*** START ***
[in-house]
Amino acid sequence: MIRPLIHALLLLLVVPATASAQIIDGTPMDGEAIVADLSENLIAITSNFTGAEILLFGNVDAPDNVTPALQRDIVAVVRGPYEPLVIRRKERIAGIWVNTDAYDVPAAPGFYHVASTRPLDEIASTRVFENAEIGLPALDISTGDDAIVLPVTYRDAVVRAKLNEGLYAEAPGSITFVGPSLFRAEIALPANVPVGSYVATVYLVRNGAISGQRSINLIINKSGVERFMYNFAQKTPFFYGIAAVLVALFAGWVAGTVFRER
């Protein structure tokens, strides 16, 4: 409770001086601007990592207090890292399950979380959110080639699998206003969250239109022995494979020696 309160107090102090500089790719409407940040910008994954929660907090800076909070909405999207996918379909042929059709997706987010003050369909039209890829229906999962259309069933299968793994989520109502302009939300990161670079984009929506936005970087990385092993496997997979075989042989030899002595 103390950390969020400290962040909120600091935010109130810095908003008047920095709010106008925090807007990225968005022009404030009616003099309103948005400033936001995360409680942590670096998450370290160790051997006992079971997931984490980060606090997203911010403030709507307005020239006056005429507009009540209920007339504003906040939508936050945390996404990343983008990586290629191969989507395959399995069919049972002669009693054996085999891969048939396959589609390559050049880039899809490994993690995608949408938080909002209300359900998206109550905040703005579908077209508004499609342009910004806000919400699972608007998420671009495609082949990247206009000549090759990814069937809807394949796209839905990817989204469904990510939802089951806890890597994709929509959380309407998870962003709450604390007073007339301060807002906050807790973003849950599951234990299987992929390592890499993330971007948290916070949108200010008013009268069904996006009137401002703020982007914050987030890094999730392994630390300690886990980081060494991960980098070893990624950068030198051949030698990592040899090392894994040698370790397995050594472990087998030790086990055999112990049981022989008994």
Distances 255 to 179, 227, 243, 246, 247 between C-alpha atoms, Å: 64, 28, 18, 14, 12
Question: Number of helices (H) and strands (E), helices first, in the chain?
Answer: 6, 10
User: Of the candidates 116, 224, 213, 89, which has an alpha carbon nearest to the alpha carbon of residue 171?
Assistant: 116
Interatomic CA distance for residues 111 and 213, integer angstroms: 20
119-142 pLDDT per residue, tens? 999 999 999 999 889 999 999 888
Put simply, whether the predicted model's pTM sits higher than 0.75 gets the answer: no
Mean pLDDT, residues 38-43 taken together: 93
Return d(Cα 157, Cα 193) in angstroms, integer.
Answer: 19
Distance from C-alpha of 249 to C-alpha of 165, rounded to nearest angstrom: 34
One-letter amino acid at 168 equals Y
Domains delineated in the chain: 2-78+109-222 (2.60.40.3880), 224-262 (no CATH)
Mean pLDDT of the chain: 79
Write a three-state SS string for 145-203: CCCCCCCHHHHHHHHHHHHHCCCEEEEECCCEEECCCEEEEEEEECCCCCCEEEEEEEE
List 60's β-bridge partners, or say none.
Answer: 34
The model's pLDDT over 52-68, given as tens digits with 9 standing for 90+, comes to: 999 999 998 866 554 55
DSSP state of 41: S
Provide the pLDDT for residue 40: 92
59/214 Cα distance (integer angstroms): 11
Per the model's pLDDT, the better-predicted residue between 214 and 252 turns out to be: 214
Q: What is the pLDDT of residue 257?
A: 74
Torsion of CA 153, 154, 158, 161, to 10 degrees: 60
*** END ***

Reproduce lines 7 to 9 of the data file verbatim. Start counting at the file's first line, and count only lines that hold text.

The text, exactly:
User: Of the candidates 116, 224, 213, 89, which has an alpha carbon nearest to the alpha carbon of residue 171?
Assistant: 116
Interatomic CA distance for residues 111 and 213, integer angstroms: 20